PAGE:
Lost in Technobabylon

Computer consultants often speak in technobabble, and I’m as guilty as anyone else. When I’m at a client’s house, and they ask me why their computer is slow, I’ll say: “Your hard drive is too small for what you have on it.” “Your system has only 512MB of RAM.” “Your virtual memory allocation is too low.” Usually followed by a deer in the headlights look and “Huh?”

Not good. I like my clients to understand what is going on in their computer. Computers are not mysterious, scary black boxes that work by ancient mystical spells cast during the dark of night in the faraway land of Dell.

When I get that blank stare, I explain:

“You’re working at your desk. Do you go over to your filing cabinet, take out one piece of paper at a time and work on it, then return it and get another one? No! You remove the folders you need. You bring them to your desk, and work on them there. If your work is larger than the desk, you put the overflow on a side table. And when you’re done, you return all the folders to the filing cabinet.

“This is how your computer works. The filing cabinet, where the files are kept, is your hard drive. The desk, where you work on the folders, is your system RAM. And the side table is your virtual memory. When you call up a program, it copies it from the hard drive to your RAM. You work on it there. If it takes more space than you have available, the overflow is pushed into a section of the hard drive the computer sets aside, called the virtual memory. When you’re done, the result is saved back to the hard drive where it waits for your next command.”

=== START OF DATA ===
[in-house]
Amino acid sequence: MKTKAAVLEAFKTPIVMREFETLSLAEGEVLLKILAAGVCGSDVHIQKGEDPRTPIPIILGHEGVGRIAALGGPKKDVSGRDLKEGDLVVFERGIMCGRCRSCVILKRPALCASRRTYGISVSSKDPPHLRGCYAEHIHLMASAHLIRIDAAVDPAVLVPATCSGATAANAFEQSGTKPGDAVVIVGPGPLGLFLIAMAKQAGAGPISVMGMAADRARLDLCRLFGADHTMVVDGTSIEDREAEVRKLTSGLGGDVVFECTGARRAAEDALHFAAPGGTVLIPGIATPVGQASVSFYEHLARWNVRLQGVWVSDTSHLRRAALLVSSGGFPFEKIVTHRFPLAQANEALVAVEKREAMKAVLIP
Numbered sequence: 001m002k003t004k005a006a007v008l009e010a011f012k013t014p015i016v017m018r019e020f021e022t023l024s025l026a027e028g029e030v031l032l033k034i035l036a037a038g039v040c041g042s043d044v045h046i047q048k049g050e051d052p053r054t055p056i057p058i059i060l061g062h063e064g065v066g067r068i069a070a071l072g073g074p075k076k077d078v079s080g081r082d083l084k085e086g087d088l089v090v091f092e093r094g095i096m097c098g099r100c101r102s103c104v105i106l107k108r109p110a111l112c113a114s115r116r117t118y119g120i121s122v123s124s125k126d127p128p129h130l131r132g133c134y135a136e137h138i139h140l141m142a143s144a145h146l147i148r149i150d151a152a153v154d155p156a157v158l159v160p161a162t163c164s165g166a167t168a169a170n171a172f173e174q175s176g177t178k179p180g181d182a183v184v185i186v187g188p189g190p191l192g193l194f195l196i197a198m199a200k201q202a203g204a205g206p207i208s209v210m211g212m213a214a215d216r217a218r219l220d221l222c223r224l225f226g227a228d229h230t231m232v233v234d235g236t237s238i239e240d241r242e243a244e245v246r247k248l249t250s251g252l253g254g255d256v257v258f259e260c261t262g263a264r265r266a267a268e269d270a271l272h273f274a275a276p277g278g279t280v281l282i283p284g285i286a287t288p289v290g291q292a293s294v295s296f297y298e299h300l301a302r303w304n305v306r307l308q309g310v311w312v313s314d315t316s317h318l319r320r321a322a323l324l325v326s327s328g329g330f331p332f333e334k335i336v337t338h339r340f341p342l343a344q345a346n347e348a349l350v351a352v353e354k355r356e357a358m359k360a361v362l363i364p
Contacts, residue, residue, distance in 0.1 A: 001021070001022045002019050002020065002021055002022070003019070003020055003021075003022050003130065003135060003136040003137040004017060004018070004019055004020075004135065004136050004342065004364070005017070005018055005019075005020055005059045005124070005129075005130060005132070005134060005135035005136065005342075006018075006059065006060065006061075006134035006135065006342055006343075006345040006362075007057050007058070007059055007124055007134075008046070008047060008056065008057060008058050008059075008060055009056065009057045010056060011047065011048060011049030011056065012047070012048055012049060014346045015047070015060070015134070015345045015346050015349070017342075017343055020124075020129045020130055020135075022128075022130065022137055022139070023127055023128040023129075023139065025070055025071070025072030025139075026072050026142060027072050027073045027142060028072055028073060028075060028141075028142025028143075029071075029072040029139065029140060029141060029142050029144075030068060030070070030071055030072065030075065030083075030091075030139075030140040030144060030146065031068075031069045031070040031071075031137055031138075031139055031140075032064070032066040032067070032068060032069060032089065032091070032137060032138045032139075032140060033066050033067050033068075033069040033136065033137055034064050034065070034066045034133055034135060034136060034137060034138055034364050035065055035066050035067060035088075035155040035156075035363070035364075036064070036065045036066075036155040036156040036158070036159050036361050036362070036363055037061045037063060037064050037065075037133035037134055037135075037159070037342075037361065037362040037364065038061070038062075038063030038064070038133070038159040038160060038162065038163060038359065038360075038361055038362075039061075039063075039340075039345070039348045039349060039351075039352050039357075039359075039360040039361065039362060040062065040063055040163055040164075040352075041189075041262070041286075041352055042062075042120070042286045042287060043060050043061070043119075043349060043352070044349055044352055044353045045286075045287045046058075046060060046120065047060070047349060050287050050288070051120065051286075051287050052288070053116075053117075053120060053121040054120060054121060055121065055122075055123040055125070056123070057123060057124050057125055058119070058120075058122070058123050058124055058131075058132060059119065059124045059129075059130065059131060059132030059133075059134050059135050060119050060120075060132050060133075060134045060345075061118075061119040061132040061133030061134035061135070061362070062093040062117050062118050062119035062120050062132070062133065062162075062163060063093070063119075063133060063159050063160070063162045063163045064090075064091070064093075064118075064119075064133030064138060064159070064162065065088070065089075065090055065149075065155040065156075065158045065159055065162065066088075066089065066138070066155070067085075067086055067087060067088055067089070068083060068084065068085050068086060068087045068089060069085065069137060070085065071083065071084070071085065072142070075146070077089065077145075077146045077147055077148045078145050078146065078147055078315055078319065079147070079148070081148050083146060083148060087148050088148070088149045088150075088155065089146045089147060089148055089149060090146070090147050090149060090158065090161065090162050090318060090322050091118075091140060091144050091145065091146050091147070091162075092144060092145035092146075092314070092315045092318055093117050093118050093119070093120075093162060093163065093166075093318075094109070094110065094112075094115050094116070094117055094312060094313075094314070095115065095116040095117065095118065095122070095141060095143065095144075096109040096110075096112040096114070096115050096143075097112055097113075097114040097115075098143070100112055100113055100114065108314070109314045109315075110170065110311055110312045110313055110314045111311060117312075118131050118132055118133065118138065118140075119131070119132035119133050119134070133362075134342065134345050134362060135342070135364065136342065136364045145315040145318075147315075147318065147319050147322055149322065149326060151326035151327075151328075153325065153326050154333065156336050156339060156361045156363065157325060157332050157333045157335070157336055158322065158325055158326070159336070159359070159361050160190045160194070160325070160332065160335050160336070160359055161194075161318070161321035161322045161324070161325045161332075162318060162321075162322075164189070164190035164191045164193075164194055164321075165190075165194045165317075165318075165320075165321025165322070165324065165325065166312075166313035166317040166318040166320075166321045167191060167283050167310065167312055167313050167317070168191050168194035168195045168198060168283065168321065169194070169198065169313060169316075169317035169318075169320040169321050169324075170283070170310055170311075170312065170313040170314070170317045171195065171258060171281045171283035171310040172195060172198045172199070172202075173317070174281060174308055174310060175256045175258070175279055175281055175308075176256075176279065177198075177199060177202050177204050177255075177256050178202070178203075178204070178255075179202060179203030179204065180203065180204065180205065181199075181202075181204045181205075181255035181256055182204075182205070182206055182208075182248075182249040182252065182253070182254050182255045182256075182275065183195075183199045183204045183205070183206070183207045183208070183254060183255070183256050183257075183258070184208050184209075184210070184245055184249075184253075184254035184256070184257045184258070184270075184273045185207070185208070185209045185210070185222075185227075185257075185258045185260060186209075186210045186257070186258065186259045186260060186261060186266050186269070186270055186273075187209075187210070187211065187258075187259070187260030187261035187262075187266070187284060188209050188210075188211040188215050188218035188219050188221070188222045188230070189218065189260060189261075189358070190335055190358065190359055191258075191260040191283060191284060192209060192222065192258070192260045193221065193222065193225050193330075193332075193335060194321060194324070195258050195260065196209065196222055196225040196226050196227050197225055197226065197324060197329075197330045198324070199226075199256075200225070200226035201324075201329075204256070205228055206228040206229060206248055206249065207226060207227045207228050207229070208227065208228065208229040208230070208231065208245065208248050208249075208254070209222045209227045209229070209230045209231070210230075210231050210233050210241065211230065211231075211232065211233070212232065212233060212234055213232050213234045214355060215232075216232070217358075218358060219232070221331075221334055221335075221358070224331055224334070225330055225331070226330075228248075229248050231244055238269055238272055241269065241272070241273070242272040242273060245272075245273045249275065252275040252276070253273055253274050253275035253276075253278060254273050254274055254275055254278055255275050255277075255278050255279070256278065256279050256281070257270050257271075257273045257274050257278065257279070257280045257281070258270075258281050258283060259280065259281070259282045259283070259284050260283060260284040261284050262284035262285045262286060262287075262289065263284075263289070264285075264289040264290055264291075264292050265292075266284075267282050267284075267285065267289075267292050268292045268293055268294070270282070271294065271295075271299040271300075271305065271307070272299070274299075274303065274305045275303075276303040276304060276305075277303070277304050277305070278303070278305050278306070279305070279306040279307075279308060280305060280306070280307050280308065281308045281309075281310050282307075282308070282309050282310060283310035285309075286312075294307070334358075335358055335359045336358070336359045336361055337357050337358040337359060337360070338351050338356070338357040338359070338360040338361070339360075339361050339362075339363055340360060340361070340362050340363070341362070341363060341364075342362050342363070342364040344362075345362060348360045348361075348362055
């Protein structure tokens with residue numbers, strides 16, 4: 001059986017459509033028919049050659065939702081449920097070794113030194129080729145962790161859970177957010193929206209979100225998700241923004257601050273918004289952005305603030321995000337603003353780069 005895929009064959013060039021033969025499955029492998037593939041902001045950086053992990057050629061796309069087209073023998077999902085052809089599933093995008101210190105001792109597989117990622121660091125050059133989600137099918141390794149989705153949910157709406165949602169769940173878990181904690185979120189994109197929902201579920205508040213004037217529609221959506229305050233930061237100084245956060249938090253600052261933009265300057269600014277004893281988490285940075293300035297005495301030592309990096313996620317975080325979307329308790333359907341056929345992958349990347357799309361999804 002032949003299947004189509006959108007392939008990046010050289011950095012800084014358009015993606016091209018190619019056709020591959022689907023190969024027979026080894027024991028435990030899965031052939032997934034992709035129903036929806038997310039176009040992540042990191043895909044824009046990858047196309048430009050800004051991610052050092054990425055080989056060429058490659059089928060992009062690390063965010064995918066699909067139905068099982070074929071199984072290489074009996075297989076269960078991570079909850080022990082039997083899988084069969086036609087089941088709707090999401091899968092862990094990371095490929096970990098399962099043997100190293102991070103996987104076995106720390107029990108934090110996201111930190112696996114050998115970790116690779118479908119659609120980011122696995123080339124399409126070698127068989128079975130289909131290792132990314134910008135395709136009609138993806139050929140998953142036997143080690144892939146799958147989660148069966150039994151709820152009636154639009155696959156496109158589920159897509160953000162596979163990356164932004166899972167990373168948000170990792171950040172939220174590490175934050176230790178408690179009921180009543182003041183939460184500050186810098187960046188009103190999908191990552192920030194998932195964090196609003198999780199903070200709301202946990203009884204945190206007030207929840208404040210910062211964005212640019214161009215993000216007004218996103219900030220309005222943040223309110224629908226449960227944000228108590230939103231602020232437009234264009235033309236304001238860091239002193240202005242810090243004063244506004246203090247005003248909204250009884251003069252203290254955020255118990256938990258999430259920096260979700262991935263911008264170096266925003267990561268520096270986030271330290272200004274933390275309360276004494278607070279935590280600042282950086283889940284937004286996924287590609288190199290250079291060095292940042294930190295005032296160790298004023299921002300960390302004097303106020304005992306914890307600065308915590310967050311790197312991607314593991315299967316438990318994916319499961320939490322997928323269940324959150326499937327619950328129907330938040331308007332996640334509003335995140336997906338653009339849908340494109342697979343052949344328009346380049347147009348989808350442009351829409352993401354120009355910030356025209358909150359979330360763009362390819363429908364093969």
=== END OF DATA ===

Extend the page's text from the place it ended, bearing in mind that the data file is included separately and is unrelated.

They all work together. If your system RAM is not up to the task, the computer uses part of the hard drive to make up the difference, though this will be slower than RAM usage. The hard drive has to have sufficient space to contain the virtual memory needed as well as the program storage you require. The first things I look at on slow computers are the size of the hard drive and the amount of RAM, and those are usually the first things I recommend for upgrading.

Hard drives will not last forever. If your drive is grinding away, taking a long time to find programs and data, and is over five years old, it’s probably time for a new one. New drives are dirt cheap, with a 500GB drive averaging about $50.00. I always recommend a larger drive than is presently installed, so the system will have the room to expand the virtual memory as needed.

Next week, we’ll look at software solutions to speeding up your computer. There are many good freeware solutions to these problems, and we’ll look at several options.

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